“I have supported Likud in the past with money and service but obviously not recently. I’ve never really been a fan of Labor so I would guess Kadima comes closest to a natural home – even though I have problems with Livni. ”
    You sound more like Meretz, frankly.

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  14. jdledell says:

    Nadine – Is it possible for you to make your points without resorting to name calling? Without trying to defend Hamas actions in Gaza, the truth is Gaza is part of the overall Palestinian conflict. Hamas won the elections and Fatah would not give up the reins of security forces. Israel and the US refused to accept Hamas victory and encouraged Dahlan to take his men into Gaza and throw out Hamas. Well Fatah got it’s head handed to it.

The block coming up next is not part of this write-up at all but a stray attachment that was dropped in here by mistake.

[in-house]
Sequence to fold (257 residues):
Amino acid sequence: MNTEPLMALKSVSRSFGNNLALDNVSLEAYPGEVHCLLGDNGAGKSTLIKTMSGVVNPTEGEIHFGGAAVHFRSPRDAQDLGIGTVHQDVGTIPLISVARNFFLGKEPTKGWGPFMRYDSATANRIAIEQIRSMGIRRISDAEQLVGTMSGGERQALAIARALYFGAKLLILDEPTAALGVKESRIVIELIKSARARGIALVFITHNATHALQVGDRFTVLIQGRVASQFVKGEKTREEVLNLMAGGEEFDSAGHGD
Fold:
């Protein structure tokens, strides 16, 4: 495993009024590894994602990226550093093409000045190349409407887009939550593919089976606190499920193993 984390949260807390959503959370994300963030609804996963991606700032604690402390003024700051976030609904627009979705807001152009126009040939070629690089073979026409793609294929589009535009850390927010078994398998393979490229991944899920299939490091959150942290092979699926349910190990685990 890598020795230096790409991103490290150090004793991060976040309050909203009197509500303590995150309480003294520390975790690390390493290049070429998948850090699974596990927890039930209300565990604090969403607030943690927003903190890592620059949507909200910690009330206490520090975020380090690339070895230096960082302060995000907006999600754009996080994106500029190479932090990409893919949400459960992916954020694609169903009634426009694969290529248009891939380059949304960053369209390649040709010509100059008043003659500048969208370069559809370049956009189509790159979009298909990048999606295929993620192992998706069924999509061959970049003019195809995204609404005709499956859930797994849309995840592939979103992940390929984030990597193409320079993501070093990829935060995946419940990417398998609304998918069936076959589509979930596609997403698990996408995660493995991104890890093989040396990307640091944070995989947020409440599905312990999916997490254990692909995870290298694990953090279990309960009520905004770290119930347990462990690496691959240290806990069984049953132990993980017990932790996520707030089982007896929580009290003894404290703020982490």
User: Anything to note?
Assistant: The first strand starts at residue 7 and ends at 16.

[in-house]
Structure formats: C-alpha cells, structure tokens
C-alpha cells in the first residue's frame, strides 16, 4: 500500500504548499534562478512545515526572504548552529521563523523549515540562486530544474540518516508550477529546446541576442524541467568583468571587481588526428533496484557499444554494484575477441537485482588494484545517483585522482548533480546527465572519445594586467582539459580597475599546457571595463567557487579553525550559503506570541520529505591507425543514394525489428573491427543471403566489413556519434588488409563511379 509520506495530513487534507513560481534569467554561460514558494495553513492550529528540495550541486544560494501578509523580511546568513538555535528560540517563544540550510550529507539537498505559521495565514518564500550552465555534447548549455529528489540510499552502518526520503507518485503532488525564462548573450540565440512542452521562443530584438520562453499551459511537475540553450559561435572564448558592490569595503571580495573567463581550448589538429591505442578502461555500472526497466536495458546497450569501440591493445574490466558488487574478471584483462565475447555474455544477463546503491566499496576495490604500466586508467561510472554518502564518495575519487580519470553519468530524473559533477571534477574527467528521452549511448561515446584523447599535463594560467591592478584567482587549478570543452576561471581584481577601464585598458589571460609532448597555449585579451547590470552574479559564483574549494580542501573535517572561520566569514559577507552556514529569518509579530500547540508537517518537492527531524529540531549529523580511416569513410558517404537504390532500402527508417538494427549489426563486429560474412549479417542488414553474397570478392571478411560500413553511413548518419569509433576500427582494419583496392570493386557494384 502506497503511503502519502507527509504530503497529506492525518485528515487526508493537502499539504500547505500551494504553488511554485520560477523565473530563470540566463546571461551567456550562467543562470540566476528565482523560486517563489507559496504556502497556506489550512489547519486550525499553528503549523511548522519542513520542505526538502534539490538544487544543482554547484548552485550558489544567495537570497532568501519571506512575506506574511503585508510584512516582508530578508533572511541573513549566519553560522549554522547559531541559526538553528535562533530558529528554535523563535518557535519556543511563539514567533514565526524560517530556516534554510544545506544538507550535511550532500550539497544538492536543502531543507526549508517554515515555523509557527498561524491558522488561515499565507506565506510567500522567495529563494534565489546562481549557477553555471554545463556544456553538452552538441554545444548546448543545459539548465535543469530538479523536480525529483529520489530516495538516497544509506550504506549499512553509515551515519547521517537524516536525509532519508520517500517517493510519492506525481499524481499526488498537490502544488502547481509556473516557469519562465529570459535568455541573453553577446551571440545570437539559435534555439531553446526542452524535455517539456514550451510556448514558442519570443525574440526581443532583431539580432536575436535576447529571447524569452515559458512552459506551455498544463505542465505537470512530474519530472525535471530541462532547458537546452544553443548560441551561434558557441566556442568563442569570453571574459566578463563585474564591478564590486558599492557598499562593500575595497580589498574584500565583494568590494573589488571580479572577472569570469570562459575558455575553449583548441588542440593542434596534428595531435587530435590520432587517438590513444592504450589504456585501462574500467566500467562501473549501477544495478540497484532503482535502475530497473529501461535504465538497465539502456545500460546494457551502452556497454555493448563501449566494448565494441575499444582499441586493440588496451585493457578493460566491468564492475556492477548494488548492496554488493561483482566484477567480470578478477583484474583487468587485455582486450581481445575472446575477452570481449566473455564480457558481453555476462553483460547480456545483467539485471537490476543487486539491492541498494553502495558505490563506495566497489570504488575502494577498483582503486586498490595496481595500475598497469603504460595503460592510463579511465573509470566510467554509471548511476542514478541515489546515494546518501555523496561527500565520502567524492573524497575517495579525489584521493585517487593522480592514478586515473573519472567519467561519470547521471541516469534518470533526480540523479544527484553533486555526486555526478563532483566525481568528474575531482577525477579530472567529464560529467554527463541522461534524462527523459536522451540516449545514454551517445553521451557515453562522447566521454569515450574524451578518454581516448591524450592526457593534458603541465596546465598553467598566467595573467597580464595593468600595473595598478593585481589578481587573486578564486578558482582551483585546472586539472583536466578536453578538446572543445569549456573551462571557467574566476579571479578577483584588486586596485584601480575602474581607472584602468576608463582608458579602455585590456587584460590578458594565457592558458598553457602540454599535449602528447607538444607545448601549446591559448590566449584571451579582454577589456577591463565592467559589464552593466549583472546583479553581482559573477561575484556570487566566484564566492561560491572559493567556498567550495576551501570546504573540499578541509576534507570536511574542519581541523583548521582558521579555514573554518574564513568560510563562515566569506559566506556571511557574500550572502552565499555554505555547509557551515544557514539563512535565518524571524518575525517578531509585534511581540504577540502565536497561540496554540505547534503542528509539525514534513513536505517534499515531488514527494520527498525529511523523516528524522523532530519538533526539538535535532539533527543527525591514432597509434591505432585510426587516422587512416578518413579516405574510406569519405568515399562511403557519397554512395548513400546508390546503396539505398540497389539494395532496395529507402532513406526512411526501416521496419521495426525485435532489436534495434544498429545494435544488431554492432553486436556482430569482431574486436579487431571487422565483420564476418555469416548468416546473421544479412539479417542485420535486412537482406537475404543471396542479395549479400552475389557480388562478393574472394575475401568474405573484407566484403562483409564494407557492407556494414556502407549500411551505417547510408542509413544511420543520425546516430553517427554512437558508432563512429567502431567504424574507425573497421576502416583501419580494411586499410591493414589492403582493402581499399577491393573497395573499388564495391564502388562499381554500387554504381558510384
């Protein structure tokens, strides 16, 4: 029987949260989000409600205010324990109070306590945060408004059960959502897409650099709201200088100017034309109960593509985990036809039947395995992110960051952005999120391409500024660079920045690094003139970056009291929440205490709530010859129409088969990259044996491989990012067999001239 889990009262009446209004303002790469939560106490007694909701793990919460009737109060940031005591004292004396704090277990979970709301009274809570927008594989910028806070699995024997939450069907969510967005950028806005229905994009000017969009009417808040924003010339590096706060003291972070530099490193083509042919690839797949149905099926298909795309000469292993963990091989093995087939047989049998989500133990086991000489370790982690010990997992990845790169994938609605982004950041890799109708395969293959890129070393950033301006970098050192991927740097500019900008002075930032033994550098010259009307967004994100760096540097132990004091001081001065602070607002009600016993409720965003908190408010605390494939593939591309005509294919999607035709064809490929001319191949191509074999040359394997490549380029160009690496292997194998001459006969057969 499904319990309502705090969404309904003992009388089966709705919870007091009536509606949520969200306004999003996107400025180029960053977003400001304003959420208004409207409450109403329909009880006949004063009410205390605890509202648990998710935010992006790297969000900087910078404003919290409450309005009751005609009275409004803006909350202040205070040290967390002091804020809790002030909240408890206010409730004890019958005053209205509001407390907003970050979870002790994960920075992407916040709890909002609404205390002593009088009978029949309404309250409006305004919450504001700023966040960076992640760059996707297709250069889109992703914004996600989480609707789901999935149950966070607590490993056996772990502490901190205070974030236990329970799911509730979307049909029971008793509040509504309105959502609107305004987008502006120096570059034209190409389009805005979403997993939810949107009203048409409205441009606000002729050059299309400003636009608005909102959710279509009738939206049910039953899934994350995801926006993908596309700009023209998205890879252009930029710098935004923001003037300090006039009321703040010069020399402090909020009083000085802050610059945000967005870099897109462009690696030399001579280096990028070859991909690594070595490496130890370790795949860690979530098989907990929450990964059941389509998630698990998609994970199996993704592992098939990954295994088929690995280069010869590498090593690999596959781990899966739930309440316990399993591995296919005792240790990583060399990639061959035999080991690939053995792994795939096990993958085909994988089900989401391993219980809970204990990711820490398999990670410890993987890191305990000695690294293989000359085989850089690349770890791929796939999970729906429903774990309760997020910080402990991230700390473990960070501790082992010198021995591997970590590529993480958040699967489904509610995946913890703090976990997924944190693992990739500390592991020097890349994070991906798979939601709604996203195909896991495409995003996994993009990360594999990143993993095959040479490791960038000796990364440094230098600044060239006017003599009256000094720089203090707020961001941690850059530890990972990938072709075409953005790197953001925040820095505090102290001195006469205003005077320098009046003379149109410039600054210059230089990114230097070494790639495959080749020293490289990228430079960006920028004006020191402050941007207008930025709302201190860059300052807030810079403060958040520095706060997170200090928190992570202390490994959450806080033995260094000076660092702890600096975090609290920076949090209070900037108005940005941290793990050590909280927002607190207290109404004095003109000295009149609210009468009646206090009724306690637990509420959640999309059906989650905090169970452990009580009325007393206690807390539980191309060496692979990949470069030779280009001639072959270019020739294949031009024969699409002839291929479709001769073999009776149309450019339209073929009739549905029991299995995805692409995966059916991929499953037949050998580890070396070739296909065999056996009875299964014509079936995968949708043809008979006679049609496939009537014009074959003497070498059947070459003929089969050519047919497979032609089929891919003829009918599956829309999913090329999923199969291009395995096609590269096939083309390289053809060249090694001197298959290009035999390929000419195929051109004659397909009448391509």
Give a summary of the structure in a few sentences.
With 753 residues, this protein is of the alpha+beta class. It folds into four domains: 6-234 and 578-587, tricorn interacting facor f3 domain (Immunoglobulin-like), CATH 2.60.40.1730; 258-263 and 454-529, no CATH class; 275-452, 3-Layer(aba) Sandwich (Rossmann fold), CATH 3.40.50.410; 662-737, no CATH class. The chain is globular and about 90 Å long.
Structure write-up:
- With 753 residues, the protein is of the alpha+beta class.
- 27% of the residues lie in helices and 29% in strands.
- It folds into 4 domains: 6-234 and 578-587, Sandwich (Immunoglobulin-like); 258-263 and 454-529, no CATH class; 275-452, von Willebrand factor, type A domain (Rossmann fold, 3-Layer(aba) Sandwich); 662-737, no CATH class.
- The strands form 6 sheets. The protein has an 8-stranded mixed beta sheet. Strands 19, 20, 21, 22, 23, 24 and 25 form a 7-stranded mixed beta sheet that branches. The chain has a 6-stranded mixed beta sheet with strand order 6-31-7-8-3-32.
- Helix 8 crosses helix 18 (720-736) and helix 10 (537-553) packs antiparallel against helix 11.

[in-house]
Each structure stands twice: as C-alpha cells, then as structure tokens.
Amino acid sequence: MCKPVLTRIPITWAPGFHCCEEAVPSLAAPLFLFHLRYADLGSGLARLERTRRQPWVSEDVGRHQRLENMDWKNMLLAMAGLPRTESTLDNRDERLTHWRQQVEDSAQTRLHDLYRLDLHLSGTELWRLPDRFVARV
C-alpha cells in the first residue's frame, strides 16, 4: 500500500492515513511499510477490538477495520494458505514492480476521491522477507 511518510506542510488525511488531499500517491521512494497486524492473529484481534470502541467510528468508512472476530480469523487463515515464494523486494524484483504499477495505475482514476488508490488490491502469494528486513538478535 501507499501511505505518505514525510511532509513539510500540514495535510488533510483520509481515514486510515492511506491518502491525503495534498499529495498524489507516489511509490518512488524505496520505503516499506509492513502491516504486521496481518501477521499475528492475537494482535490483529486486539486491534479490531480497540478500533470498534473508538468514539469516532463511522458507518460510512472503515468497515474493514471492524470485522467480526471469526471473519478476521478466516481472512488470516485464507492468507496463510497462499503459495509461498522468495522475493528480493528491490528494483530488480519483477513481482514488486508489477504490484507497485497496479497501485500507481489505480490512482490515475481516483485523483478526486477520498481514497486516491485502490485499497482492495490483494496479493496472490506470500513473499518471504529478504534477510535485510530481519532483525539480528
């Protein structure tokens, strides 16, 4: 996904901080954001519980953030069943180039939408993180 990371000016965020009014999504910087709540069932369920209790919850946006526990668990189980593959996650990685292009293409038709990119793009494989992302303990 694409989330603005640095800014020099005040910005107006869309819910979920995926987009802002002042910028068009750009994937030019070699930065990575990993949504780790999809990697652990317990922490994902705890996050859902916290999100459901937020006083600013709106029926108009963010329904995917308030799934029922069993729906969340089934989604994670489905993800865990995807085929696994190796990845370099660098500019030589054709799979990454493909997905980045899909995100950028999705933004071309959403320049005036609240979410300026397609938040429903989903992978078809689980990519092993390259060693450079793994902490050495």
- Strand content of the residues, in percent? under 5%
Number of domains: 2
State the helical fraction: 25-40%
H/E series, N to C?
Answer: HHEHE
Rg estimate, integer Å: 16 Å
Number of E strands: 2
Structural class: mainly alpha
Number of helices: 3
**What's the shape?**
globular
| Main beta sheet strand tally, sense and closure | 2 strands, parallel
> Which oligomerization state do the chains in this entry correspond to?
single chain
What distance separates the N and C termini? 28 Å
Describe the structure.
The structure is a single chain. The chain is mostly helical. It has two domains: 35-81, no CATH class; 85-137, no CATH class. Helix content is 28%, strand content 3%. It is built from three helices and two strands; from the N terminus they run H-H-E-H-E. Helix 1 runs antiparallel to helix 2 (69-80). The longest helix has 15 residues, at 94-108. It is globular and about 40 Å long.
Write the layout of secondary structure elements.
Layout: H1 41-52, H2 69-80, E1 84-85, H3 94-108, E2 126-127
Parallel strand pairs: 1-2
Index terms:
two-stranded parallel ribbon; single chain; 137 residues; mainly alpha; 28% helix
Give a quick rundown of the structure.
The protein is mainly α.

The withdrawal of Israel’s military and settlers from Gaza in no way revoked the occupation. Israel still controls egress and ingress to Gaza of people and goods. Furthermore, reducing the occupation of one part of a population does not make the occupation null and void. Just imagine if some country occupied Israel but they said we’ll let Haifa be free of us, but not the rest of the country. Do you think Jews would rejoice and stop fighting for the freedom of their fellow Jews?